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Rugby remembers the New Cross fire

FAMILY, friends and survivors of the New Cross fire gathered at Rugby Art Gallery and Museum on Saturday to remember the victims and issue a rallying call for racial justice.

New Cross Fire 1981
James Rogan, Lorna Tavares, Cllr Carolyn Watson-Merret, Robert Ruddock, Cllr Brenda Dacres and Mark Pawsey MP attended Saturday's event at Rugby Art Gallery and Museum. Published Thursday, 26th January 2023

The emotional event marked the end of the New Cross Fire 1981 exhibition and brought together family and friends who have lived with the memories of a tragedy which, 42 years on, remains a defining moment in British history.

Yvonne Ruddock's 16th birthday party took place on 18 January 1981 at her family home in New Cross Road.

Just weeks earlier, Yvonne had celebrated Christmas in Rugby. Her family had moved to south London in the 1960s after living in Rugby for many years and returned to the town regularly for family holidays.

Yvonne was one of 13 black teenagers and young people killed when a fire tore through the house in the early hours. Patrick Cummings, 16, and 18-year-old Humphrey Brown had travelled from Rugby to attend the birthday party but never returned, while Yvonne's 22-year-old brother, Paul, also lost his life.

Black communities in the capital, regularly targeted by the National Front, assumed the fire had been started by a petrol bomb and the tragedy quickly brought to a head long-simmering tensions over the perceived racism of the Metropolitan Police, tabloid press and the establishment.

A largely peaceful Black People's Day of Action saw 20,000 people take to the streets of London for a protest march on 2 March 1981, but a month later riots broke out in Brixton, sparking a summer of clashes between police and black and Asian communities in major cities across the country.

No one has been charged in connection with the New Cross fire. An inquest into the 13 deaths took place in 1981 and recorded an open verdict.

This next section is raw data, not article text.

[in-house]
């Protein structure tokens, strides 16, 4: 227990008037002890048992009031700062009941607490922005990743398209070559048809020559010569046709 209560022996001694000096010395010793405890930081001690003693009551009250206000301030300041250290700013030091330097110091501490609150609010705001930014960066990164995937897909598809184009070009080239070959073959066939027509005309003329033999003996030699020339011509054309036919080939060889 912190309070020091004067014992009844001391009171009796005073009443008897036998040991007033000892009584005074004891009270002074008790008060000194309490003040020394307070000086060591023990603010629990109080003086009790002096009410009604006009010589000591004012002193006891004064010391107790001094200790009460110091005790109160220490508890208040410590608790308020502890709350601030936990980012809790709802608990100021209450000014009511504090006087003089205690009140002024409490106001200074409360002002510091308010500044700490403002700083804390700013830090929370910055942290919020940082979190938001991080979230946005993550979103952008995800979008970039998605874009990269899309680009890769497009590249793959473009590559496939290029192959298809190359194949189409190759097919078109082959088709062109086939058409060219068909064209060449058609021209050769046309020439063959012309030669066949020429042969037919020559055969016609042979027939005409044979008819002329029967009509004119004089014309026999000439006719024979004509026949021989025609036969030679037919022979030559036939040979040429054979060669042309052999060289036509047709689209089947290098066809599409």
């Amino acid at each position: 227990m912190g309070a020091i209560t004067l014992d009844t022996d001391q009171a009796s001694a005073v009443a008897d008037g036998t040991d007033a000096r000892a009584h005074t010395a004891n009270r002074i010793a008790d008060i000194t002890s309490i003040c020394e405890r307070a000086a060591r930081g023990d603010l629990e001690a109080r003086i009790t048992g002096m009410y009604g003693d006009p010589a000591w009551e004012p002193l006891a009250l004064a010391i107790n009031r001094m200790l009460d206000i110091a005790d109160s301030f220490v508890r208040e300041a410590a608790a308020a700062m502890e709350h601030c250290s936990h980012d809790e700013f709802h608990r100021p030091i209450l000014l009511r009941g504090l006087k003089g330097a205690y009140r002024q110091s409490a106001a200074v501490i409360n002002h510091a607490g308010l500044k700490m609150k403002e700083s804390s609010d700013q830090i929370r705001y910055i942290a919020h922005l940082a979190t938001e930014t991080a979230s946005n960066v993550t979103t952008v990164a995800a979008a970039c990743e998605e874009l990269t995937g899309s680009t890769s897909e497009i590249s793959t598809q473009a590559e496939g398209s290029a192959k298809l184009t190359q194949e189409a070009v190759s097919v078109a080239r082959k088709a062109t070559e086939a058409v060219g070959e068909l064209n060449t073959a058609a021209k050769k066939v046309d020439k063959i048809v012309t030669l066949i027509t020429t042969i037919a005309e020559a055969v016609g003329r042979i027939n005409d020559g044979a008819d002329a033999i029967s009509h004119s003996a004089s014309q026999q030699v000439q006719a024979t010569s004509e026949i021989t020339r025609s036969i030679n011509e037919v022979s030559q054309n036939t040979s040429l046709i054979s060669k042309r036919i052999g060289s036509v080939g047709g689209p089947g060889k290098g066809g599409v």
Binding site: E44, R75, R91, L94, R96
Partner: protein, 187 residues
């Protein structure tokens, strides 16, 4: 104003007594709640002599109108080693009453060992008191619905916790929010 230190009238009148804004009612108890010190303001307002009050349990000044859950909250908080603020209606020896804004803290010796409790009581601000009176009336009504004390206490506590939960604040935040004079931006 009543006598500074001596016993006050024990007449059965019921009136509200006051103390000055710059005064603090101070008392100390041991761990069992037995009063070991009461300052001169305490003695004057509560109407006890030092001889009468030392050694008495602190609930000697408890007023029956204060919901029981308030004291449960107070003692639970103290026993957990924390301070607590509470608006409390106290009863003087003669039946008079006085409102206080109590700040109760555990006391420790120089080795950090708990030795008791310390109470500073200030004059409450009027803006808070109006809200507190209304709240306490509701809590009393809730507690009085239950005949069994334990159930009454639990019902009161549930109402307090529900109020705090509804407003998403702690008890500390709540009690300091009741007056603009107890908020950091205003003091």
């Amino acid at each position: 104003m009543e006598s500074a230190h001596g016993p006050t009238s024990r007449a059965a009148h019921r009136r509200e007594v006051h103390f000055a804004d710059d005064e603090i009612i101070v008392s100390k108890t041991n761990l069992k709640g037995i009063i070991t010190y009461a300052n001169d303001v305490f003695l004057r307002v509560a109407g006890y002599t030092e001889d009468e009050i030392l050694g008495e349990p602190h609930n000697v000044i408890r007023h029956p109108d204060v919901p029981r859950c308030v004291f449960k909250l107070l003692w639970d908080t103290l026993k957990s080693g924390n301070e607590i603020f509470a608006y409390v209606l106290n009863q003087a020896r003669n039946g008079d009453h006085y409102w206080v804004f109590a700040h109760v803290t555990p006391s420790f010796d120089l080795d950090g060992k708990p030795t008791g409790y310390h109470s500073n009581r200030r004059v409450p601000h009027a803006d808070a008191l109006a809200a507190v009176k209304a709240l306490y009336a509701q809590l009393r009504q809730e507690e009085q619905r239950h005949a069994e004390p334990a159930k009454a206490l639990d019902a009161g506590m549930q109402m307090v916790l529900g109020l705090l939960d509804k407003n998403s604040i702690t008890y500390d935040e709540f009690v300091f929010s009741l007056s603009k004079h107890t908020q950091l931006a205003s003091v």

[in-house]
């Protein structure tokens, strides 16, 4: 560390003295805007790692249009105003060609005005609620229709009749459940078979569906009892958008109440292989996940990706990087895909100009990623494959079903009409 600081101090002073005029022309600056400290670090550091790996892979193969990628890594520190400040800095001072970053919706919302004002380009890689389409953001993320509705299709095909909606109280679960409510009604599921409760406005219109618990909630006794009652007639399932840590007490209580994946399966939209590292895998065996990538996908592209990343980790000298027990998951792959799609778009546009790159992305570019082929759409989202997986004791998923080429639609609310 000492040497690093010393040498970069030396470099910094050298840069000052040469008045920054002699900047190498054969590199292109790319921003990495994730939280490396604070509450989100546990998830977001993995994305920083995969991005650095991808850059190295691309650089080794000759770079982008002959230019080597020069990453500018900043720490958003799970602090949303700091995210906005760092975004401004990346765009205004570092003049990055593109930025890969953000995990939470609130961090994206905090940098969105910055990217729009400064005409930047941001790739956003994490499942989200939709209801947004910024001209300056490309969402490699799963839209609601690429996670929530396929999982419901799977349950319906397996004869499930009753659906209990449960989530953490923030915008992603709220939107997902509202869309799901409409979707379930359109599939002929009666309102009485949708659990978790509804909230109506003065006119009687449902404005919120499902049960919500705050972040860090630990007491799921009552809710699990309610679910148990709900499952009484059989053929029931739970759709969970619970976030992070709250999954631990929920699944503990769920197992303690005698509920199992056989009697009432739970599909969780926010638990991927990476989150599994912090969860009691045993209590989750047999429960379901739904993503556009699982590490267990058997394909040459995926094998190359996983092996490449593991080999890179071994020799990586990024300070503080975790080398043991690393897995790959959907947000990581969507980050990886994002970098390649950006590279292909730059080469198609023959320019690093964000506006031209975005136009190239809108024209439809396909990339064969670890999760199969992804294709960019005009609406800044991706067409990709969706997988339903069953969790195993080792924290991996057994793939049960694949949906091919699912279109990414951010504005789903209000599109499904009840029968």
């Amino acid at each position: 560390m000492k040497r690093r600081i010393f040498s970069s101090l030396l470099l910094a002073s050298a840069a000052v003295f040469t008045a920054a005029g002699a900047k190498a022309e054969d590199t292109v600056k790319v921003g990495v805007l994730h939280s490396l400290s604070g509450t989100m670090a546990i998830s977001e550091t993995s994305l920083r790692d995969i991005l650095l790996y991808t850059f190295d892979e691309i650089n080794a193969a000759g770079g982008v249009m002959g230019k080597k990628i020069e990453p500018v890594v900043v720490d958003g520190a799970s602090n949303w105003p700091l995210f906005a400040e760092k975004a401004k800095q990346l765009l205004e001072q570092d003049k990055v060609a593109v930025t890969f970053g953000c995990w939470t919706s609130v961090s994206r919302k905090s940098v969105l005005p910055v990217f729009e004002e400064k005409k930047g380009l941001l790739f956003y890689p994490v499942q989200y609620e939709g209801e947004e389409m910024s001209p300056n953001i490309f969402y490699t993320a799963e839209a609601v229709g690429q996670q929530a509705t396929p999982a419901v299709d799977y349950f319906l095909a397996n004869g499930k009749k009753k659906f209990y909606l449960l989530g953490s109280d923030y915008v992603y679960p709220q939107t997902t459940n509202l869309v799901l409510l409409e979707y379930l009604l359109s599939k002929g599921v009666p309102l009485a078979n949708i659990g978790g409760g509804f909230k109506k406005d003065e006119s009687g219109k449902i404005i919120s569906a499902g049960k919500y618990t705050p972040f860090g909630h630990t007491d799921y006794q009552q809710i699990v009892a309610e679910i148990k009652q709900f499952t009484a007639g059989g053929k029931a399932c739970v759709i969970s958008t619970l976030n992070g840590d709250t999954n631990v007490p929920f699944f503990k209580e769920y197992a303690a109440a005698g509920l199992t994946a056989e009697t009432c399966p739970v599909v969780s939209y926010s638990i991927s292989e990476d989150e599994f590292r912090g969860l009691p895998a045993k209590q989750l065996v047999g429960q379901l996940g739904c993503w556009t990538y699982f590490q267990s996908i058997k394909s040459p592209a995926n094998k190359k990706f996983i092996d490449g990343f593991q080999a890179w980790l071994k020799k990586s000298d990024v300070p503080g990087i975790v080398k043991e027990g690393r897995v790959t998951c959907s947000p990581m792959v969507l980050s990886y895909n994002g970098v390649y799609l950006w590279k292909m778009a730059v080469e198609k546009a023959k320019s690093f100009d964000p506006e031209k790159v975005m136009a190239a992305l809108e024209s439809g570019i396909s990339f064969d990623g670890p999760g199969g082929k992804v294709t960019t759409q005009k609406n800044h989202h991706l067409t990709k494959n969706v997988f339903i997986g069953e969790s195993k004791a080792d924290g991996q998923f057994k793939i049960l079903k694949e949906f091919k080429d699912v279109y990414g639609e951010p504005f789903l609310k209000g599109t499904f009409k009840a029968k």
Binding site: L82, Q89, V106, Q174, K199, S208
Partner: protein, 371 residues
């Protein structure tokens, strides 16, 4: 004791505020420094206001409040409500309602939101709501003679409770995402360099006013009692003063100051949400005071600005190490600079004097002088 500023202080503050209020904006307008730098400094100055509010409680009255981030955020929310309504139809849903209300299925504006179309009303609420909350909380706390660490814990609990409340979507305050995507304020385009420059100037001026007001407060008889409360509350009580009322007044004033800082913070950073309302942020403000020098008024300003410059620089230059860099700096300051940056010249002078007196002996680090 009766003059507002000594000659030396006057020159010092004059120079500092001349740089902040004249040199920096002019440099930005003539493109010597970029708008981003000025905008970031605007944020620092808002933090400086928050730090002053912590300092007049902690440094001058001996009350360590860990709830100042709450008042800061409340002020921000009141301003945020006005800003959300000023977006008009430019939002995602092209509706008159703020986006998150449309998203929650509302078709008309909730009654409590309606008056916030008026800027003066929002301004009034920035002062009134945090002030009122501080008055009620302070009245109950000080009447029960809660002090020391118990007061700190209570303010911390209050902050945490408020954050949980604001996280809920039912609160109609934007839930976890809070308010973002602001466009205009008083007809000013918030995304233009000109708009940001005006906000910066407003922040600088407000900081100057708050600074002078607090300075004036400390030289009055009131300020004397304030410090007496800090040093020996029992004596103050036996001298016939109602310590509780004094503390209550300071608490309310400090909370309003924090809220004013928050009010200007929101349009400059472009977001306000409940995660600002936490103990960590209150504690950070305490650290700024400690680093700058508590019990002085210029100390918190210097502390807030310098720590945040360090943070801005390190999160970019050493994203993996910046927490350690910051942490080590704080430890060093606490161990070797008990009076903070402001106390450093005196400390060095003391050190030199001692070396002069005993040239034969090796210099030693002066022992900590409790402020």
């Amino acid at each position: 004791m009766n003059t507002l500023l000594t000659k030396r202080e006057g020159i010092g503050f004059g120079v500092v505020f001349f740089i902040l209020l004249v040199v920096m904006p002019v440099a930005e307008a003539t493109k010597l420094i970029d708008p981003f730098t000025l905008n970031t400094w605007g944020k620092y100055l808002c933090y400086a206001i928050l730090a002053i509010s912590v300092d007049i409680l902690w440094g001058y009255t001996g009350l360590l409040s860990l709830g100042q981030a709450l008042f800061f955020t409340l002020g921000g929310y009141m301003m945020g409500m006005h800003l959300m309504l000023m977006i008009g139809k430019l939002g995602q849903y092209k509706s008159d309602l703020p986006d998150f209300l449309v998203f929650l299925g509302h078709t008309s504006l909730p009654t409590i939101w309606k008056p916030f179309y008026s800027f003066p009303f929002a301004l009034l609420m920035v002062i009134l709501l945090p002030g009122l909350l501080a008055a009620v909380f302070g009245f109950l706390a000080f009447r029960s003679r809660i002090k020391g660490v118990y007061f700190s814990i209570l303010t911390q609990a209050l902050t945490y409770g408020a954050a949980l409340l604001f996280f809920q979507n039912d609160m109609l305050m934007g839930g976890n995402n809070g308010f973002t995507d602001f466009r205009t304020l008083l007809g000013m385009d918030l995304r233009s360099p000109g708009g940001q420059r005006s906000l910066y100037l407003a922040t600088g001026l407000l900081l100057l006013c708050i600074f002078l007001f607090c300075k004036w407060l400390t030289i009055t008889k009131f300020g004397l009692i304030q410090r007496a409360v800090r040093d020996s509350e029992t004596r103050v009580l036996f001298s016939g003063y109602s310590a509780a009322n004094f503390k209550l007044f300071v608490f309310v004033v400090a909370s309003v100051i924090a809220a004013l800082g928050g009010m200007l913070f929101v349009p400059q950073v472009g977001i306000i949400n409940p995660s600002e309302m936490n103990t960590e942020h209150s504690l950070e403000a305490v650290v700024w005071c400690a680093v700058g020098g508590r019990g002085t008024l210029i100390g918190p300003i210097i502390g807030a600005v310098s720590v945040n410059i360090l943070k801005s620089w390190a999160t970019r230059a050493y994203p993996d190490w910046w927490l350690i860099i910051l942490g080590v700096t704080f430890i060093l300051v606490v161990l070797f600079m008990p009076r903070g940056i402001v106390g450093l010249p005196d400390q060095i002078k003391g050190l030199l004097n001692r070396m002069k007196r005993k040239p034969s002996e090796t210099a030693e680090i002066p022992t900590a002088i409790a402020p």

Gerald Butler QC, a retired judge appointed deputy coroner in order to hold a second inquest in 2004, referred to a 14th victim of the New Cross fire.

Anthony Berbeck escaped the fire by jumping out of a second-floor window but struggled with his mental health following the tragedy.

Judge Butler said the 20-year-old took his own own life in July 1983 "following the trauma brought on by the fire."

The second inquest also recorded an open verdict.

Four decades on, the New Cross fire remains a significant chapter in the fight for racial justice in Britain, with the BBC documentary Uprising winning a BAFTA in 2022 for best factual series.

But the New Cross Fire 1981 exhibition at Rugby Art Gallery and Museum's Floor One Gallery found family and friends reclaiming the story from the chapters of social history and revealing the emotions of living with the tragedy for 42 years.

While documenting the devastating events of 1981, the exhibition also told the human stories behind the headlines - Yvonne's love of roller skating, Humphrey's talent for table tennis and the impact of the tragedy in Rugby, symbolised by a Harris School tie, where many of Yvonne's family and friends studied.

Lorna Tavares, Yvonne's cousin and the driving force behind the exhibition, and Robert Ruddock, the only surviving sibling of the fire, both spoke at Saturday's event, which included a final chance to view the exhibition and the opportunity to share a moment of reflection and remembrance.

Lorna said: "I was truly moved by the response of the community who carried the trauma of their lost loved ones, and the survivors, including my sister Susan, cousin Robert and friends Peter, Desmond and Hector.

"We all buried this trauma for 42 years. We no longer feel we are on our own and, in a safe space, we were allowed to express ourselves.

"Some of the community have also expressed they can now start to heal after hearing our story."

Guests on Saturday included the Mayor of Rugby, Cllr Carolyn Watson-Merret, Mark Pawsey, MP for Rugby, Cllr Brenda Dacres, Deputy Mayor of Lewisham, and James Rogan, who co-directed Uprising with Sir Steve McQueen.

Cllr Watson-Merret said: "It was a privilege to attend the closing event for the New Cross Fire 1981 exhibition, which saw a community come together to reflect on the lives lost and share treasured memories of those who were so cruelly taken away.

"For so many survivors, family and friends, the emotional impact of the events of 42 years ago remains raw to this day, but all show dignity and a determination to keep the memories of loved ones alive and make sure our community grows stronger, together, moving forward."

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